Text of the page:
Diablo Rose for Little Princess Trust

Name: Diablo Rose

What is your job?

I’m the Creative Director at Le Keux Vintage Salon and Le Keux Cosmetics.  I do all the branding, design, and packaging for the business and am the manager of our Leeds salon where I am also a vintage hair and make-up stylist.

What social causes are most important to you?

I want to try to encourage empowerment and self-confidence in women, the confidence to live their life by their own rules, and to always be themselves. It’s so easy to get pigeonholed or made to feel you need to look/act/present yourself in a certain way in order to fit in or be treated in the right way. I want to help people find that self-belief, that they can do whatever they put their mind to, whether that’s something ‘small’ by putting a little streak of color through their hair all the way up to becoming their own boss! I get so many women to tell me they wish they had the confidence to do this or that and I always say that if they love it, then go for it, do what makes you happy. We all deserve to be ourselves, in all our quirks and differences!

What charity do you support – and how?

I support Little PrincessTrust, which creates wigs for girls and boys in the UK who have lost or are experiencing hair loss through chemotherapy treatment or Alopecia.  I’ve taken an opportunity to raise money and awareness for the trust after I discovered that a manufacturer had used my image without consent on a little girls t-shirt, which they were selling to a major UK retailer, after a long process I was able to successfully pursue a copyright infringement case against the manufacturer. I didn’t want to remain stock of the t-shirts to go to waste and just be destroyed so I knew I could do something more valuable with them, so I will be selling them and organizing a huge raffle to try to raise as much money as I possibly can for The Little Princess Trust.

Why do you have a passion for this one in particular, is there a personal tie?

I’ve known about the trust for some time now and have always thought it was an incredible cause, I couldn’t possibly imagine going through cancer treatment at such a young age, the gesture of creating a real hair wig as close to their own hair as possible to help with the side effects of chemotherapy treatment can make such a difference to the girls and boys experience and coping.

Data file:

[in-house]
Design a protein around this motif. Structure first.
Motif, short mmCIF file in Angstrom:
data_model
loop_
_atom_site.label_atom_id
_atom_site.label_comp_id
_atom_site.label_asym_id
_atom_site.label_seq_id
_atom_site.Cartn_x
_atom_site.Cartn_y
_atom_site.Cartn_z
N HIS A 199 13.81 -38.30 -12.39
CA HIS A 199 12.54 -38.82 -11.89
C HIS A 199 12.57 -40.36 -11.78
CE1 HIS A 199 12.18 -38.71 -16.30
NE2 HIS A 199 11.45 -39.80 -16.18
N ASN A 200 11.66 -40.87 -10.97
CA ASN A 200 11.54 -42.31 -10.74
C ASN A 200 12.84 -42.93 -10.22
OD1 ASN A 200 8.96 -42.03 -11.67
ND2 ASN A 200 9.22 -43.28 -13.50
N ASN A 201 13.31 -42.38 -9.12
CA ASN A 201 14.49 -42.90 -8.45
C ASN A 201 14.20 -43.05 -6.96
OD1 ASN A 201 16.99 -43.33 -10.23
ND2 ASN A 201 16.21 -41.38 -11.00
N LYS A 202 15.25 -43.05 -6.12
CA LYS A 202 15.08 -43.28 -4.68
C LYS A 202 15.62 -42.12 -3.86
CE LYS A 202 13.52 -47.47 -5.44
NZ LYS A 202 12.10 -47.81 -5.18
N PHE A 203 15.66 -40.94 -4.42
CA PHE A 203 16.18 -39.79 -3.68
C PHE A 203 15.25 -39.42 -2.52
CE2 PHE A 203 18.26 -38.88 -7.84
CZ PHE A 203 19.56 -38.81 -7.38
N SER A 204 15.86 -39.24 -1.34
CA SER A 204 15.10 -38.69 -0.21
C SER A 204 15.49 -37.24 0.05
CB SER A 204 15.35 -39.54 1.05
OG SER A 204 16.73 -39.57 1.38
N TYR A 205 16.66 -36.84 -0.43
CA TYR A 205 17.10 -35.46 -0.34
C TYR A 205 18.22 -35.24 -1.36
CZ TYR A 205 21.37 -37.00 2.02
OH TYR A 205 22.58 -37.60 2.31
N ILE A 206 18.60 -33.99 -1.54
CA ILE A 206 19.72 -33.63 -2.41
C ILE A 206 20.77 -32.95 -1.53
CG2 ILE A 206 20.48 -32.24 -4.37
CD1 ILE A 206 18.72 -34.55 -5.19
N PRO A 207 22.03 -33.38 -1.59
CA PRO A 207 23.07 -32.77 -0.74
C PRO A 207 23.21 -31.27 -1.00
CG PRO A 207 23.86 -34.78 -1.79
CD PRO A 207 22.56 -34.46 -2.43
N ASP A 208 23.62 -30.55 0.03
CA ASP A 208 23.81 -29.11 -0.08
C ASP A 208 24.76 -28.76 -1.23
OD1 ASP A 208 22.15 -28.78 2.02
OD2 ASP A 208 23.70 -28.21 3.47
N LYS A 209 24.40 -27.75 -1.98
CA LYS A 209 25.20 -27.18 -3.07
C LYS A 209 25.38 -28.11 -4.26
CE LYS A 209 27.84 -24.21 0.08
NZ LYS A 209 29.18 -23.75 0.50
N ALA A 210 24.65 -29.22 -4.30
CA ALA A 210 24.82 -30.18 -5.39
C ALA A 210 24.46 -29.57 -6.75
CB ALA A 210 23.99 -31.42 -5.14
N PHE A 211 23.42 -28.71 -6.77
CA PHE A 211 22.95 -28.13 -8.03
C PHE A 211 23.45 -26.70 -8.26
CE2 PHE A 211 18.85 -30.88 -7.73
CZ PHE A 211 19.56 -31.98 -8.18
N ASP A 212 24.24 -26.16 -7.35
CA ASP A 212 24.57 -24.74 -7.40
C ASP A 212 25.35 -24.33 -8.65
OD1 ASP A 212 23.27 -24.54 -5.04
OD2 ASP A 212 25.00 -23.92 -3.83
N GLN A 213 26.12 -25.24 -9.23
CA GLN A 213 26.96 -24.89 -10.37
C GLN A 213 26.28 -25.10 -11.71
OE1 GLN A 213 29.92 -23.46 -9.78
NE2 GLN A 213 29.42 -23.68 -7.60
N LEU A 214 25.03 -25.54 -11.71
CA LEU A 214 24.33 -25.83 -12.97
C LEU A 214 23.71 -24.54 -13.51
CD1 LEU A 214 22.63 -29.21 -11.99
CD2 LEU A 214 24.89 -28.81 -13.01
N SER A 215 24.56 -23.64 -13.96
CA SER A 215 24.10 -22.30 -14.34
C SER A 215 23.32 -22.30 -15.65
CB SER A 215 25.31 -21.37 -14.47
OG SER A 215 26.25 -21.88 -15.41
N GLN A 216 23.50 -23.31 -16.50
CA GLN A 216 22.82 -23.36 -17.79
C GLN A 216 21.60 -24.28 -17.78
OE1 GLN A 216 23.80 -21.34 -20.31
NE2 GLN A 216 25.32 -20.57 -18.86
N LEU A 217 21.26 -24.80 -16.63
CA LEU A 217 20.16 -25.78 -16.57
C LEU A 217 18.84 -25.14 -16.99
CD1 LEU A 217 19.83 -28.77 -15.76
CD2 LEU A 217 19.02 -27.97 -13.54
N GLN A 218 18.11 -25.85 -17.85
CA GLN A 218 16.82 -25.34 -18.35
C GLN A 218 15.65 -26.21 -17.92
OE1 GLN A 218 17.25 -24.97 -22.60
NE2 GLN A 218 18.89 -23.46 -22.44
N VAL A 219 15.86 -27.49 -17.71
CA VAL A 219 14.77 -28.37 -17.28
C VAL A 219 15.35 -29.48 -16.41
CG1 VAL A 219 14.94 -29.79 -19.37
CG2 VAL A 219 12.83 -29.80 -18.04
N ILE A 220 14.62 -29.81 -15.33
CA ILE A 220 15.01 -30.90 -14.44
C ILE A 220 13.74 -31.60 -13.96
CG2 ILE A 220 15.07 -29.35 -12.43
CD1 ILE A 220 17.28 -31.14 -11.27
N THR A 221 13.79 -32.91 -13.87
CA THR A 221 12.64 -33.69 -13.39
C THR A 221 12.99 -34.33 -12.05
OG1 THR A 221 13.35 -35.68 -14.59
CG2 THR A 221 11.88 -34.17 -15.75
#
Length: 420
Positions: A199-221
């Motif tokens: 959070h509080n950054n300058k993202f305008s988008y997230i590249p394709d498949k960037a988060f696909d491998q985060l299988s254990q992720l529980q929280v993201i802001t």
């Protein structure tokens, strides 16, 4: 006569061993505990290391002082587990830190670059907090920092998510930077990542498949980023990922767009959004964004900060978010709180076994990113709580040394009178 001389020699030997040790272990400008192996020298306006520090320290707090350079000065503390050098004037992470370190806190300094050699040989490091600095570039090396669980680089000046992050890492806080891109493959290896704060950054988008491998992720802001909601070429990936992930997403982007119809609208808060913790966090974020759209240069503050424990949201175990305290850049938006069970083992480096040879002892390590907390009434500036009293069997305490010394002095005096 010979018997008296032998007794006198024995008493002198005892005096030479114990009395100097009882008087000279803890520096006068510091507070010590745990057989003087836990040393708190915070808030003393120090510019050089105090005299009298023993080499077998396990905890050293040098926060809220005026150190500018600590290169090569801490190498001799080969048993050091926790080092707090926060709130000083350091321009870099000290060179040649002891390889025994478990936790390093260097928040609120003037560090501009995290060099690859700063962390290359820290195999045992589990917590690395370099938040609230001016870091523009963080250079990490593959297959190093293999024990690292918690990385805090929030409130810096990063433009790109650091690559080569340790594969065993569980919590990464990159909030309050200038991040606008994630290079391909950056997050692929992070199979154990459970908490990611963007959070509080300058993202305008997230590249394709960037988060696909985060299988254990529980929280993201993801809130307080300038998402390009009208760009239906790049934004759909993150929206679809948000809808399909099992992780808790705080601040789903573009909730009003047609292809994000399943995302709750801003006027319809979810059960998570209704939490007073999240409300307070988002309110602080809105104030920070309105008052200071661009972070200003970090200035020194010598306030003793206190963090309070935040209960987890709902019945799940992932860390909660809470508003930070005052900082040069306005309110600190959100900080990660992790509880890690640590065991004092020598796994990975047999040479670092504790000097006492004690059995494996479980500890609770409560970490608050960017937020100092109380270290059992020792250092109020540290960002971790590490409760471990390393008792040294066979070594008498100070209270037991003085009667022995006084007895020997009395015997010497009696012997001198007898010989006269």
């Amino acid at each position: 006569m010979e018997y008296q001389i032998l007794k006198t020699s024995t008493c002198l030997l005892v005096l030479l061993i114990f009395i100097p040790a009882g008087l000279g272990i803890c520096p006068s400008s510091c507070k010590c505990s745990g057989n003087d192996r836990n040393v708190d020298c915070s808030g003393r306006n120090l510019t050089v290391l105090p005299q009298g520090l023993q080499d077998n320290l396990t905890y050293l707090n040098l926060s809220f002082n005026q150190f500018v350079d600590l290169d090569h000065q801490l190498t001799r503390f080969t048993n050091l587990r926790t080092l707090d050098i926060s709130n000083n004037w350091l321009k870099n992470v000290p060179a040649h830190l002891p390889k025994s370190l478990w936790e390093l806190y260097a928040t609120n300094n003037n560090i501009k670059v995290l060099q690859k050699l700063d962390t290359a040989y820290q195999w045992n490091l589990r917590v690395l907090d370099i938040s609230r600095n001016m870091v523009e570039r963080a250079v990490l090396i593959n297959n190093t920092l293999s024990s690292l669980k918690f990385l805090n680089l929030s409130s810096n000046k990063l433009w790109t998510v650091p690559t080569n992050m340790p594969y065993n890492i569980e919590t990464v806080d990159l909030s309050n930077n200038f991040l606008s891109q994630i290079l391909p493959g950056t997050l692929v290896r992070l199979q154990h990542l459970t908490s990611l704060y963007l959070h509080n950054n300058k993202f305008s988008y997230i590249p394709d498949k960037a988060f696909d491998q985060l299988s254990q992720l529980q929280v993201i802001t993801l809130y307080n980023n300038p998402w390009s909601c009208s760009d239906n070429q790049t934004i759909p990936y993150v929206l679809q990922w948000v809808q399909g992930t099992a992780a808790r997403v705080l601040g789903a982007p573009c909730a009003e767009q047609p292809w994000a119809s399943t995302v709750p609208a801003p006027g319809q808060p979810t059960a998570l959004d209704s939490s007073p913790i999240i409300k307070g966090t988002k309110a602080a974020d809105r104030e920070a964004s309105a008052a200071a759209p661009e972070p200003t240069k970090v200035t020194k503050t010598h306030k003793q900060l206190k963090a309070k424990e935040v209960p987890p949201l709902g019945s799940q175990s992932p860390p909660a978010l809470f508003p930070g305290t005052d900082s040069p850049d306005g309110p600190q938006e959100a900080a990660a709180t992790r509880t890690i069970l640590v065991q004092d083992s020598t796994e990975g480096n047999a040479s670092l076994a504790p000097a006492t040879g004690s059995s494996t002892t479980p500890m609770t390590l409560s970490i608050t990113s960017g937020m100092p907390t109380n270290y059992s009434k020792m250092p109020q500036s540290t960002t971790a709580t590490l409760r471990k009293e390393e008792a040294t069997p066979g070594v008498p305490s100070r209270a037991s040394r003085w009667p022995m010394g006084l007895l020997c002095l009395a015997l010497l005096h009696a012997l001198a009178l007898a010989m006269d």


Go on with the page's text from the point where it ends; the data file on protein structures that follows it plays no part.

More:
Is there a particular way you would want to encourage readers to be involved?

They can visit my social media pages for information on how to buy, donate or share the information. I’d love to be able to make this a really big fundraiser so every little way people can get involved or share would be amazing. facebook.com/theDiabloRose. My Instagram is @diablorose. Or if there are any companies who’d like to get involved and donate prizes you can get in touch at [email protected]

How would you define social responsibility?

Social responsibility to me is about being able to just help spread more positivity out there, in whatever way or cause that might be. Negativity and pressure are so widely published so anything that can put a little good back out into the universe can only be a good thing.

Do you have any tattoos that relate to your social work?

I don’t think it’s necessarily the actual individual tattoos that relate to my beliefs, I suppose it’s the choice to get them in the first place; my choice. Considering tattoos are so hugely popular now you still come across negativity and assumptions by some people which is ridiculous! I firmly believe it’s no one’s choice but you’re own what you decide to do with your body and people should be more respectful of that in how they treat each other.

Quick list of tattoos and artists:

My awesome tattoo artist for the past few years has been Scott Mustapic at Mustapic and Jamieson in Leeds, I also love Sam Whitehead at Blind Eye Tattoo Co. in Leeds and I’m hoping to get lots more pieces from in the future!

Check out: Joan Jett for Farm Sanctuary

Moniece Slaughter for ALFALIT

Moniece Slaughter

What is your job? 

Currently, I co-star on Vh1’s “Love and Hip Hop Hollywood” — Season 2 premieres Aug 31st. This season, I will be dropping a new music video and EP.

What social causes are most important to you?